Hellenistic Astronomy is the study by ancient Greeks based from the Babylonians astronomical observations and used the information for practical goals and to develop cosmological framework to base their philosophical ideas.
Thales of Miletus (620 B.C.E. – 546 B.C.E.)
Thales, known as “father of philosophy”, tried to provide rational explanations for the astronomical events without involving supernatural beings. His explanation of heavenly phenomena was the beginning of Greek philosophical tradition, astronomy and scientific method. It is believed that he predicted the total eclipse. He was the founder of Milesian School of Natural Philosophy to promote the scientific approach and logical deduction from the observational facts. Thales was so committed to his work that he fell into a well while he was observing the night sky.
Aristotle (384 B.C.E. – 322 B.C.E.)
Aristotle by observing stars at different place concluded that the earth is spherical as quoted bellow:
“Indeed there are some stars seen in Egypt and in the neighborhood of Cyprus which are not seen in the northerly regions; and stars, which in the north are never beyond the range of observation, in those regions rise and set. All of which goes to show not only that the earth is circular in shape, but also that it is a sphere of no great size: for otherwise the effect of so slight a change of place would not be quickly apparent.” Aristotle: Book 2, Chapter 14, p. 75
Aristarchus of Samos (310 B.C.E. – 230 B.C.E.)
Aristarchus was a great astronomer and mathematician revolutionized the prevailing idea about position of the earth and the sun in our solar system. He put forward the hypothesis that sun was the center of the universe, the Earth, along with other planets, revolved around the Sun. He believed that the universe is much bigger and the stars are suns far away from us.
This Sun-centered view of the universe is often referred to as “heliocentric”. In fact, a rotating Earth was believed by Heraclides Ponticus (390 B.C.E. – 310 B.C.E.) before him and the Pythagorean tradition also believed that the Earth was not the center of the universe, but that earth revolved around the “Central fire”, an imaginary body believed by them to be the actual source of the light of the universe.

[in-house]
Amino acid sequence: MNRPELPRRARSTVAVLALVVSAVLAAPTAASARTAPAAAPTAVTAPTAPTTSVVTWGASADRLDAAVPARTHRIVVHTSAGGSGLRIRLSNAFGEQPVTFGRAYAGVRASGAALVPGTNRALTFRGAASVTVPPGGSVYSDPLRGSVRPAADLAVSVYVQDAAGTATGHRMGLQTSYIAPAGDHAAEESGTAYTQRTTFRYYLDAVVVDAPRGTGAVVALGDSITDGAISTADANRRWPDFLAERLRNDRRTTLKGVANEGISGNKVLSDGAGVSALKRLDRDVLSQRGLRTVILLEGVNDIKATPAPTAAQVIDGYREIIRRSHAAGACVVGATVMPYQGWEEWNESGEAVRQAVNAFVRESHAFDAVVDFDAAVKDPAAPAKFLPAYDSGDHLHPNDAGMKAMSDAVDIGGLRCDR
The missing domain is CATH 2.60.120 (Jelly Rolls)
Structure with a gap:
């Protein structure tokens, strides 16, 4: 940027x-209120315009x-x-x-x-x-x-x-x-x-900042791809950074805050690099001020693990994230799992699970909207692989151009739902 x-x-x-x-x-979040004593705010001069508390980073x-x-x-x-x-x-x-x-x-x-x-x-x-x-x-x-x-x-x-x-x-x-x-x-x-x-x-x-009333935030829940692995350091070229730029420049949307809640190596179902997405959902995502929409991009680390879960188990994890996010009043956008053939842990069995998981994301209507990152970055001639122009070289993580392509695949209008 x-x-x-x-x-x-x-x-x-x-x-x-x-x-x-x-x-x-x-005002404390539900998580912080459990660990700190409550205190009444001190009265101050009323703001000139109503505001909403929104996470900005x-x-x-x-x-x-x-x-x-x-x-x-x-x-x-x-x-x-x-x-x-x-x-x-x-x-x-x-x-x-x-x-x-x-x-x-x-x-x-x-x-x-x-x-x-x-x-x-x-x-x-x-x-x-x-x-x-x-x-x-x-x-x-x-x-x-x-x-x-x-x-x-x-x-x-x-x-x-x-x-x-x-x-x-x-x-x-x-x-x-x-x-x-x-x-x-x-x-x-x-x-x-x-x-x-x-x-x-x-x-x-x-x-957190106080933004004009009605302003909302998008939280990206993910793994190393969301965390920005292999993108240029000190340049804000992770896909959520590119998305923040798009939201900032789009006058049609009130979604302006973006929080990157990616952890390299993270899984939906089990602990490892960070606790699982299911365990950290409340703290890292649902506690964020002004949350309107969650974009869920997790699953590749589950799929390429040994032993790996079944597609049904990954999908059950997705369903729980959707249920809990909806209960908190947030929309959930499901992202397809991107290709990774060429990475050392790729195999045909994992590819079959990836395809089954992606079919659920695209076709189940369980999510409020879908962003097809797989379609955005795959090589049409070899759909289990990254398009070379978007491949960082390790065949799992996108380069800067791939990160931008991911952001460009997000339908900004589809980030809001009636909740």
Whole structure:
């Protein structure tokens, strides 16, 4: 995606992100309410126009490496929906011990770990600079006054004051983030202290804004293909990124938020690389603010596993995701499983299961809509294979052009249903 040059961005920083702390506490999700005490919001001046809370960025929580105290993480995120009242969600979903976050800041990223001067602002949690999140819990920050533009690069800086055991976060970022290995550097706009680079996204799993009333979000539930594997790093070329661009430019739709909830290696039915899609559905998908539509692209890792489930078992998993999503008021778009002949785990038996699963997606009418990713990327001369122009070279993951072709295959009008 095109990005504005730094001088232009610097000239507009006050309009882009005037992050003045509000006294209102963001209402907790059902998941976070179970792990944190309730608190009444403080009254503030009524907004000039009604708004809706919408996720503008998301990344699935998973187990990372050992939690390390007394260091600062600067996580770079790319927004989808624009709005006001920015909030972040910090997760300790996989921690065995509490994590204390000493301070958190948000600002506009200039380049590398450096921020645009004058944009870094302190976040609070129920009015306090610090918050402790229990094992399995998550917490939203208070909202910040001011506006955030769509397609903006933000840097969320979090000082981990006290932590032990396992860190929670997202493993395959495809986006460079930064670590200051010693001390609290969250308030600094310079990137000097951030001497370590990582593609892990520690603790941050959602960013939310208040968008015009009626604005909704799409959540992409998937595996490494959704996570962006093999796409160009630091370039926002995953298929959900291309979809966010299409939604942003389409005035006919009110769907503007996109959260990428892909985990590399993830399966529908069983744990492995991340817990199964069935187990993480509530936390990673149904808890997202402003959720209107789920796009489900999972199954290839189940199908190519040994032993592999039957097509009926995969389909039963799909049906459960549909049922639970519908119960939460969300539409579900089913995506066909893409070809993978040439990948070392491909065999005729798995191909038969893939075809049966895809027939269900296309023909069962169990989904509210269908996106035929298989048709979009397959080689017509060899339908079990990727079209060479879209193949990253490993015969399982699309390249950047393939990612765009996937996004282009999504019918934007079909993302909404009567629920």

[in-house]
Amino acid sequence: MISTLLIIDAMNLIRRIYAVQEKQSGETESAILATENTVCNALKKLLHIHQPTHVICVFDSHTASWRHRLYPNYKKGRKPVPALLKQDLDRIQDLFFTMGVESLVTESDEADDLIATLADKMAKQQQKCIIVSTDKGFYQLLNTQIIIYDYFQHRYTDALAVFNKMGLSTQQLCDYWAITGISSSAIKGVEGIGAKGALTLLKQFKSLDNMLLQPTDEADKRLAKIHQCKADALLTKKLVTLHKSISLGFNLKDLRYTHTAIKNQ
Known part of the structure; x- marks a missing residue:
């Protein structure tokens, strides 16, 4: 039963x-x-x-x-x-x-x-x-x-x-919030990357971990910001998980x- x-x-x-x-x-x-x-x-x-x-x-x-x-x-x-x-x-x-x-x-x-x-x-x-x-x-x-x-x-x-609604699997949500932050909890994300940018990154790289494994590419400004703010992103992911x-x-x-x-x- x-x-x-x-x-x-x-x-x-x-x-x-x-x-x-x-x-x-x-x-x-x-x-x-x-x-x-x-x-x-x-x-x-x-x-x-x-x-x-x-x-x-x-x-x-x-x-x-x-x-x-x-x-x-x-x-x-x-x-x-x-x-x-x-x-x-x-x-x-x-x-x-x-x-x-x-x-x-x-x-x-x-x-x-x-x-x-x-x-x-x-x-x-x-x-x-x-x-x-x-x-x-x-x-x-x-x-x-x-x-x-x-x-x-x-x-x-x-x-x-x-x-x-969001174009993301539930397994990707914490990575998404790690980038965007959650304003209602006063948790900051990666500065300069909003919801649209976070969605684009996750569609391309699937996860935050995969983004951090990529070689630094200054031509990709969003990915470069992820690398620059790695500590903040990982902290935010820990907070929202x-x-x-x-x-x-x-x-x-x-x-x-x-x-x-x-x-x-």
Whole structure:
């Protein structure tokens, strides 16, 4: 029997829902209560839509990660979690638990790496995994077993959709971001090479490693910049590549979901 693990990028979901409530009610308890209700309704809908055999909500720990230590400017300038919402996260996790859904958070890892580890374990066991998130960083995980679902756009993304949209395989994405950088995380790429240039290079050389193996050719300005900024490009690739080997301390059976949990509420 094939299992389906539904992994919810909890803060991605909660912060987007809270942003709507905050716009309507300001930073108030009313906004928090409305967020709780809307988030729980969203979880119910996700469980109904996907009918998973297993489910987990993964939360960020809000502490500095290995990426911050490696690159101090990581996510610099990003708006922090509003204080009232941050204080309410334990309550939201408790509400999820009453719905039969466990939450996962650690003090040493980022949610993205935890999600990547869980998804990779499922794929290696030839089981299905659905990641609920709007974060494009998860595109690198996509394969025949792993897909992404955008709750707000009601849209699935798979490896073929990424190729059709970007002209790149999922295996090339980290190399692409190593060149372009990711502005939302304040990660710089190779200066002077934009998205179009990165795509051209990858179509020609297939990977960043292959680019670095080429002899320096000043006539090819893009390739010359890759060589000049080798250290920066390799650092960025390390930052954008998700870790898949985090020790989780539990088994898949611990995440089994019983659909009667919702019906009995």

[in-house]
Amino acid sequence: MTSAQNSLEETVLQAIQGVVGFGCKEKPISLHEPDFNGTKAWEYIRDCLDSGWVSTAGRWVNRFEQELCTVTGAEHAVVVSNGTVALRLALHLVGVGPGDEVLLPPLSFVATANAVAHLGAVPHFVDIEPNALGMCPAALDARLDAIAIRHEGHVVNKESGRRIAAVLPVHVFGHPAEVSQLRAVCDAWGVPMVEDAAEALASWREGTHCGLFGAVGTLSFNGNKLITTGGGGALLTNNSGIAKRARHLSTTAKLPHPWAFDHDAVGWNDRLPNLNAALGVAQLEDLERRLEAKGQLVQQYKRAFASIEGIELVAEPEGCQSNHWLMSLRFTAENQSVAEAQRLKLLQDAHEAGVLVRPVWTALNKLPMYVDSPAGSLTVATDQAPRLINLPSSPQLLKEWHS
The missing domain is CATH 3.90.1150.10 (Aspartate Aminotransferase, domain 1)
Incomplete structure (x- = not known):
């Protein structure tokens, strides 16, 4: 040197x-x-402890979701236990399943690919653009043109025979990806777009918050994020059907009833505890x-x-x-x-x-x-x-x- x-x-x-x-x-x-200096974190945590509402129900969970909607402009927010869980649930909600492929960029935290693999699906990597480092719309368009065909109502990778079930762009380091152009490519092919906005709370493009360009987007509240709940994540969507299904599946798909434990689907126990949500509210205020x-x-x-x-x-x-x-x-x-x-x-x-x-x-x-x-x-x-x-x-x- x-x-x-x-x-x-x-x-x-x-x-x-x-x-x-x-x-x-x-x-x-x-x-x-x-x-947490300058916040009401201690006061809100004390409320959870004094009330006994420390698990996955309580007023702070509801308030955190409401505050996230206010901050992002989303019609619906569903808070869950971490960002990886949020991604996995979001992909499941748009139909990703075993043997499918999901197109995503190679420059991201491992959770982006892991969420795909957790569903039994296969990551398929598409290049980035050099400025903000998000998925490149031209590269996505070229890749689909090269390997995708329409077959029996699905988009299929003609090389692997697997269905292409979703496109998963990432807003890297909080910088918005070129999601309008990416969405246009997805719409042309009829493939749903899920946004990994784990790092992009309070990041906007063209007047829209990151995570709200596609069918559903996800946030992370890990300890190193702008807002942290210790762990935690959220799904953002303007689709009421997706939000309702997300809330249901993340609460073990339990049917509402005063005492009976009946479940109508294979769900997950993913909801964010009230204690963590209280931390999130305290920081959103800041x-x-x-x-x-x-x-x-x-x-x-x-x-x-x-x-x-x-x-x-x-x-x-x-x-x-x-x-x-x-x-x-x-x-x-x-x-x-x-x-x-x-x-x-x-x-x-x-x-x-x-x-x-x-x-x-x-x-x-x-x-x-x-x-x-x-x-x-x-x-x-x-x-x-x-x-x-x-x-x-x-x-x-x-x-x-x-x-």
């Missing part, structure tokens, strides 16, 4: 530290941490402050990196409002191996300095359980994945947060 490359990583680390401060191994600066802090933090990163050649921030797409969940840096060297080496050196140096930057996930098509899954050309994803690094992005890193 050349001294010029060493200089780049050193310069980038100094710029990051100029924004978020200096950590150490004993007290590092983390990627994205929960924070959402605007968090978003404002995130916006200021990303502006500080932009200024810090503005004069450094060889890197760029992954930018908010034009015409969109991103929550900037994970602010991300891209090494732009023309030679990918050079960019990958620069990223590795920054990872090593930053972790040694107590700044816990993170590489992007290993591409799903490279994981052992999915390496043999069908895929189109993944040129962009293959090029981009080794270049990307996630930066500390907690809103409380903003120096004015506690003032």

Eratosthenes (275 B.C.E. – 192 B.C.E.)
Eratosthenes, in 240 BCE, calculated the size of the Earth in close proximity to what we know today it. He derived it by measuring the angle of the shadow that the sun made over a vertical pole at Alexandria at noon and observing that at the same time, the sun light fell straight into a well in Syene, a town in southern Egypt. His conclusion of about 45,460 kilometers is very close to the real number. He was the first to realize that our planet was a sphere and used the power of observation, deduction and mathematics to calculate its size.
Hippaarchus of Nicea (190 BCE – 120 BCE)
Hipparchus created the discipline of trigonometry. He also improved the main astronomical instruments of his time (the astrolabes and quadrants). Hipparchus concluded that the geocentric model better explained the observations than did heliocentric model of Aristarchus. The sun-centered model could only stand mathematical conclusion was by guessing that the earth rotates sun in a elliptical orbit, and this guessing was something that Hipparchus was not willing to accept, since the consensus among astronomers was that the planetary orbits were circular. On the other hand, Hipparchus improved the calculations of Aristarchus regarding the sizes and distances of the sun and moon. He calculated the distance of the moon from the earth with an error of only five per cent.